Friday, October 29, 2010

Killer Bee Cutie Pies

The Killer Bees.... Oooooo! I'm afraid!
(Steven N. and Nyssa, Halloween... 1987)
Posted by Picasa

"The music of the busy bee
Is drowsy, and it comforts me;
But, ah! 'tis quite another thing,
When that same bee concludes to sting!"
~ Andrew Downing, The Bee (1838 - 1917)
This is an excursion into the past... 23 years ago, to be precise. Steven N. is two weeks older than my daughter, Nyssa. He is the son of my friend and the woman I consider the MOST talented and loving childcare giver I know, Rhonda. Rhonda had Stevie and his older brother Charlie... two years older than Steven and Nyssa. She was unafraid of taking them out and they learned so much about sharing and became like brothers and sister. People would often think that Steven and Nyssa were twins.

This Halloween, the church had a children's party and gave out awards for the costumes in different age groups. These two were 18 months old, so I decided to sew them costumes. I simply took a paper bag and fashioned a pattern then started cutting and they evolved from there. In the back there were white wings and a stuffed white pointed cone stinger sewn in. They wore black tights and yellow turtleneck knit tops and black shoes. These easily slipped on and closed in the back at the neck. The antennae were made with your basic head band, yellow pipe cleaners and round styrofoam balls spray painted black. They looked so cute, running around the house, batting each other with the antennae. At the party, Rhonda and I decided they should enter the contest as a single entry.... The Killer Bees!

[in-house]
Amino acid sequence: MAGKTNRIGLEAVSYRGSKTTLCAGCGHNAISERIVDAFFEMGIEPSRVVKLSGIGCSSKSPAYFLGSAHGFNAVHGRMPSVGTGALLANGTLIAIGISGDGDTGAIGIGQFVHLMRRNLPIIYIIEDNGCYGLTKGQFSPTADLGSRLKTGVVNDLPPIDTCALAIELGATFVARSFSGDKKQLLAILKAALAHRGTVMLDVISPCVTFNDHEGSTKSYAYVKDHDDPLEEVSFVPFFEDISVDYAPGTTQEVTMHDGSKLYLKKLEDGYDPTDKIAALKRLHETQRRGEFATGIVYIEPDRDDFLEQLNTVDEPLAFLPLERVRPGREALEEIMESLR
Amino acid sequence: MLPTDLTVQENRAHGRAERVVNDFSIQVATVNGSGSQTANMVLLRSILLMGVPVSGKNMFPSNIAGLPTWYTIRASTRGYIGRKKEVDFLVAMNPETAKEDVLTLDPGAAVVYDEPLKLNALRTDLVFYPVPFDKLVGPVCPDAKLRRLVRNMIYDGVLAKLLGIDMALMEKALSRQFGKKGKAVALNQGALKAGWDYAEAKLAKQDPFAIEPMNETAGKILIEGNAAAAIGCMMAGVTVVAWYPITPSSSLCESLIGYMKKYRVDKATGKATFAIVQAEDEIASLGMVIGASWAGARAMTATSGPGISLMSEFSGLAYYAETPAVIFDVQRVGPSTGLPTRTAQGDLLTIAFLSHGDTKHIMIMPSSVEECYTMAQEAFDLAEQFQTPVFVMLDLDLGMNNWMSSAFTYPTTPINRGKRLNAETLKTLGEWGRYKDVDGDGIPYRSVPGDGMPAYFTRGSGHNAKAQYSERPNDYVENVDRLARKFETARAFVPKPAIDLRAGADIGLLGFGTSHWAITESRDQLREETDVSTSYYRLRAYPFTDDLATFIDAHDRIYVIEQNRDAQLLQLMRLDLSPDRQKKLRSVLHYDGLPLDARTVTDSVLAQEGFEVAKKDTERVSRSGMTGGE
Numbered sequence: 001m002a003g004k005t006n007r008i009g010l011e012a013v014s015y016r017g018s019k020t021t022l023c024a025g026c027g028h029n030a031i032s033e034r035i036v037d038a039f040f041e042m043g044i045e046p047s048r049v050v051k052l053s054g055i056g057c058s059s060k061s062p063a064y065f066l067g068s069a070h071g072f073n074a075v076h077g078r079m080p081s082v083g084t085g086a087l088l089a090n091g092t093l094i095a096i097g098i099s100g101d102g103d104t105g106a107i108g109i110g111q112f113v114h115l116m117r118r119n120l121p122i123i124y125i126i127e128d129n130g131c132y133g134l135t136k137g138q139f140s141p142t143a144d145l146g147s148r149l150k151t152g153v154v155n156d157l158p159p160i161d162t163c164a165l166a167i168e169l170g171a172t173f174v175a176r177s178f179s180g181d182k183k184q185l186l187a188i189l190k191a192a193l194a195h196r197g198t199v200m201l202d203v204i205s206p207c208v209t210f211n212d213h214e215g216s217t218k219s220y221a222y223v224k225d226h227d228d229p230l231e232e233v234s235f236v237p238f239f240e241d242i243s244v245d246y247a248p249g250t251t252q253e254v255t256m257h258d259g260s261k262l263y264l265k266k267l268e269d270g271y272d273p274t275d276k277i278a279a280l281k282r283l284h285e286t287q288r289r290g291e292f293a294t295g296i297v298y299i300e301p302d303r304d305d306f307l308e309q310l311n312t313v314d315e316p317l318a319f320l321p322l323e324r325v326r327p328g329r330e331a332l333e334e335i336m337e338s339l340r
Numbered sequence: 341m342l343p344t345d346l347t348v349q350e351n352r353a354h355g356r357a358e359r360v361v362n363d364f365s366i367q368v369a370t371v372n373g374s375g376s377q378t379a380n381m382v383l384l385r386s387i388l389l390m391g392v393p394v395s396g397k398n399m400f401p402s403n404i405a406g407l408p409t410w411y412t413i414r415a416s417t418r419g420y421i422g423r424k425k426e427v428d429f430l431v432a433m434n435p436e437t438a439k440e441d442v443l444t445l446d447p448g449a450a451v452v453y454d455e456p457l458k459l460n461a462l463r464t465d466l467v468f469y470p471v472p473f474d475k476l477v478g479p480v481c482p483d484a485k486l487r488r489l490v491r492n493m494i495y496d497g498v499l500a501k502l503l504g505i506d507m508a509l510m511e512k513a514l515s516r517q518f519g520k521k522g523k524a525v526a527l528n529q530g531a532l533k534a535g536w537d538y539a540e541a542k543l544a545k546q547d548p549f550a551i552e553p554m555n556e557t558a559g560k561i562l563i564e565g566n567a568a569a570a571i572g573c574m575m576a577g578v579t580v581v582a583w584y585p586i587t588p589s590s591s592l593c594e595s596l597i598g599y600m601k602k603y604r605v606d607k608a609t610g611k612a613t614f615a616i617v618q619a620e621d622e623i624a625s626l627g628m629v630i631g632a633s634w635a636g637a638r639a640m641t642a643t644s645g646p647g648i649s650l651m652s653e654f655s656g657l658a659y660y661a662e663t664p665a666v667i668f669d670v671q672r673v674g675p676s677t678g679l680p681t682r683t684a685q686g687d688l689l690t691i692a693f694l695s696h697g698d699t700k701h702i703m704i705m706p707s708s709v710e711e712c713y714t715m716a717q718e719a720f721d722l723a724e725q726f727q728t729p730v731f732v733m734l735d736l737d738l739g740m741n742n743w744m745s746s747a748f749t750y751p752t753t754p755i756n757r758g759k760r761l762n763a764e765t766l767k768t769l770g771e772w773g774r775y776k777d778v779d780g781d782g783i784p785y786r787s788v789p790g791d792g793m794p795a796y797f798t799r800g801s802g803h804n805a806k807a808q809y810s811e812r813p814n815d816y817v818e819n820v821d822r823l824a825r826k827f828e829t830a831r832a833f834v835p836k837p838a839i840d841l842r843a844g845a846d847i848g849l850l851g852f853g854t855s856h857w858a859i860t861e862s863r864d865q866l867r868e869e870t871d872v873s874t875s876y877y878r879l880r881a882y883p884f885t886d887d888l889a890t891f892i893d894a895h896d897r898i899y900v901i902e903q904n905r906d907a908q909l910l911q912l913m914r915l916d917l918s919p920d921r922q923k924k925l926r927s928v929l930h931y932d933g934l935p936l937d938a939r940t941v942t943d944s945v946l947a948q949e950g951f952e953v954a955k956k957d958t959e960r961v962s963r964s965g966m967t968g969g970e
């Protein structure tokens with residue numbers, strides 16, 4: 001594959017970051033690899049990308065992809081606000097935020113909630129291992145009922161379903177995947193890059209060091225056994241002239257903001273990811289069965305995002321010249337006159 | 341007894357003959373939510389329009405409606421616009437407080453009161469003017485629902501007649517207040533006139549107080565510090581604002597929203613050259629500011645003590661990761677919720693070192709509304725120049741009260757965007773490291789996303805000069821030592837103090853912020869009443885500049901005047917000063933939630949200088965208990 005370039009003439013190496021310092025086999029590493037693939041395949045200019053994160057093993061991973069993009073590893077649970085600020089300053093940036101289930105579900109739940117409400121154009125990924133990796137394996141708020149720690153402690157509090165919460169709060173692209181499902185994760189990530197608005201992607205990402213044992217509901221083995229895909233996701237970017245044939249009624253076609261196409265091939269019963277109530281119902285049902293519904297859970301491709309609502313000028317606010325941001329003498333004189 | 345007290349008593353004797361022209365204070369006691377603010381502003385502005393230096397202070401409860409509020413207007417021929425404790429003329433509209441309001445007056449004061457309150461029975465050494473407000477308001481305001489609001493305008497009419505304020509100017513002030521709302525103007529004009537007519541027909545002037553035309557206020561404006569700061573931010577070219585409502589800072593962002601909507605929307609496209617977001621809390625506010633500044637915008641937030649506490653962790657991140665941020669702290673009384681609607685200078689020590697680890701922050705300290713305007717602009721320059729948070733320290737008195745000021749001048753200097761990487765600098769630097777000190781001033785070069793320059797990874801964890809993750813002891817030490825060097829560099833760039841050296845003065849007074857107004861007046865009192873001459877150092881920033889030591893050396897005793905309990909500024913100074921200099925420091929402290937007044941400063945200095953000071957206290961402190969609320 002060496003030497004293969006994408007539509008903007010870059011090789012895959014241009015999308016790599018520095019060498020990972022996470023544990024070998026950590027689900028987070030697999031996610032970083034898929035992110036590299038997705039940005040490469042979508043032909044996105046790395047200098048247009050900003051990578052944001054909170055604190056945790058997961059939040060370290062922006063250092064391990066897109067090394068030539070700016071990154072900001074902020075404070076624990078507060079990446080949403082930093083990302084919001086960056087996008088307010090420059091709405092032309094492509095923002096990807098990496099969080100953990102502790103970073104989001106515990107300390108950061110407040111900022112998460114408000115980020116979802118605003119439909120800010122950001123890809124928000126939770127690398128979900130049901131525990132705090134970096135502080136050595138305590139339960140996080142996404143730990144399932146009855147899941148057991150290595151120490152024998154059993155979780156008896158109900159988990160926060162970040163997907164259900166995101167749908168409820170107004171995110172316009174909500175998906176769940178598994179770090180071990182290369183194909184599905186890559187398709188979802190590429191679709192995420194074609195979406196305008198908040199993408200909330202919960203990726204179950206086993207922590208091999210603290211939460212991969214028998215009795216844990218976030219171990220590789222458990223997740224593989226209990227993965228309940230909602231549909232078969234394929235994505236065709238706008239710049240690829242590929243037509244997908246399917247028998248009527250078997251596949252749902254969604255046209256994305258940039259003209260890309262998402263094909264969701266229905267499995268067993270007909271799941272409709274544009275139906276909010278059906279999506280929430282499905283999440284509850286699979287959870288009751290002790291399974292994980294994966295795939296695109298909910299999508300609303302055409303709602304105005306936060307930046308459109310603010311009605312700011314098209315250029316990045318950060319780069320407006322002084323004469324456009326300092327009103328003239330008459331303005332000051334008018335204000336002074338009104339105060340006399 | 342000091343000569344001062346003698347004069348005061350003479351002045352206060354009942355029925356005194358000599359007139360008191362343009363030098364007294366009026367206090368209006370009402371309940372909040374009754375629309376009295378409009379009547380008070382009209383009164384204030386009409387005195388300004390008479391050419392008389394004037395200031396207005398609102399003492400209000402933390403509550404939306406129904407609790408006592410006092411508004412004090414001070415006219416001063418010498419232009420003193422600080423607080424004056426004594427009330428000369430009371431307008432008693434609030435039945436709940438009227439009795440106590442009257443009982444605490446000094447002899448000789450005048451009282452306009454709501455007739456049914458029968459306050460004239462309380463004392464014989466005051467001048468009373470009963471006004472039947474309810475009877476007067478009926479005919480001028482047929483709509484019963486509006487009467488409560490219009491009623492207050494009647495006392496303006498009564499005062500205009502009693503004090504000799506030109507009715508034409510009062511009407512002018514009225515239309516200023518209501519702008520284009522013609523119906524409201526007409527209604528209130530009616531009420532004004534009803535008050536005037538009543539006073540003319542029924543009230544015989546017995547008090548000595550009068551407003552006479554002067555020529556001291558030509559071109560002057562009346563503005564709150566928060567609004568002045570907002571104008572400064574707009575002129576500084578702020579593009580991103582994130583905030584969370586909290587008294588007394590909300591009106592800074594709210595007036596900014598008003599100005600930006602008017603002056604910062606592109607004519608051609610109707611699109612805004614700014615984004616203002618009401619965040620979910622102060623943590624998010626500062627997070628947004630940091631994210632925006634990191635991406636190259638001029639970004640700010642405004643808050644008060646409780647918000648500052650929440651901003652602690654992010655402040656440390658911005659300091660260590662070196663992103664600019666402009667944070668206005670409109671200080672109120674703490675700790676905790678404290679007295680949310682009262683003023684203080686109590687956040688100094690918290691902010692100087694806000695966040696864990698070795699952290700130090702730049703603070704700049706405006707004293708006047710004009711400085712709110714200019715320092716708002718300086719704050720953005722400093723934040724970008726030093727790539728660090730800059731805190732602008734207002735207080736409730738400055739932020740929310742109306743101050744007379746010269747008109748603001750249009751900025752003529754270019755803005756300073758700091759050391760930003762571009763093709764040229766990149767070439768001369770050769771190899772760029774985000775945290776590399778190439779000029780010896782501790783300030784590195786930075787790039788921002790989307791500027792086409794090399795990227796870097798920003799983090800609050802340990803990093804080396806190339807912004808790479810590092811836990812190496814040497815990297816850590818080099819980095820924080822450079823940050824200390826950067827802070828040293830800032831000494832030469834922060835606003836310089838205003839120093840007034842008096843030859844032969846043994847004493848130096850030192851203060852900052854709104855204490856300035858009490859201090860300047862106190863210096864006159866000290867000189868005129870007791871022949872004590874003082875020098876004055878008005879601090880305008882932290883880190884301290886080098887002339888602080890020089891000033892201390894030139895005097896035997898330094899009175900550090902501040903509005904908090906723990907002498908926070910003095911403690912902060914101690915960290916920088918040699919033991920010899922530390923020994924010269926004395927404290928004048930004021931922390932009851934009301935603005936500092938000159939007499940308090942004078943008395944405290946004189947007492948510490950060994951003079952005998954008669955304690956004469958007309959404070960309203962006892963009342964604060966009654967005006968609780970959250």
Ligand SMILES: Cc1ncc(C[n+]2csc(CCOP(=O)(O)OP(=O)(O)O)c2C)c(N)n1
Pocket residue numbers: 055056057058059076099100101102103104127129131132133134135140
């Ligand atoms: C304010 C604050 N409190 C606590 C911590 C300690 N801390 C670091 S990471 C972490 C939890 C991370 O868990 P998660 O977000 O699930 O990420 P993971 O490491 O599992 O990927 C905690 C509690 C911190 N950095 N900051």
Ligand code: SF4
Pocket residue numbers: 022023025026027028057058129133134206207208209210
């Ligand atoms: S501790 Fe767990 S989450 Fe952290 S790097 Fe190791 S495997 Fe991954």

Of course, they won first place in their age group. The prize? An extra bit of candy and a ribbon, as I remember. And yes, the costume is carefully put away waiting for the day another little one might use it. Well, maybe not... but it is available to borrow!

These "bees" show off their "yellow" stripes for Carmi's theme this week and lend a Halloween touch to the place. They also bring back a lot of "Mommy" memories that are still fresh after all these years. How fast they grow... how cherished these memories are.

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Carmi's theme ~ yellow

Wednesday, October 27, 2010

This Post Is Brought To You By The Letter "O"

Orson the Osprey.....with fish. No "Orson" isn't quite right.

"I think he'll be to Rome
As is the osprey to the fish, who takes it
By sovereignty of nature." ~ William Shakespeare (Coriolanus, Act IV, Scene VII)

Hmm... he could be Oscar the Osprey... look at those buggy eyes, checking for thieves...
perhaps knowing that someone or something is watching him dine.

Lunch is finished and his true form revealed. Yes... Oliver the Osprey it is.
A regal name for a regal bird of prey. Posted by Picasa

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ABC Wednesday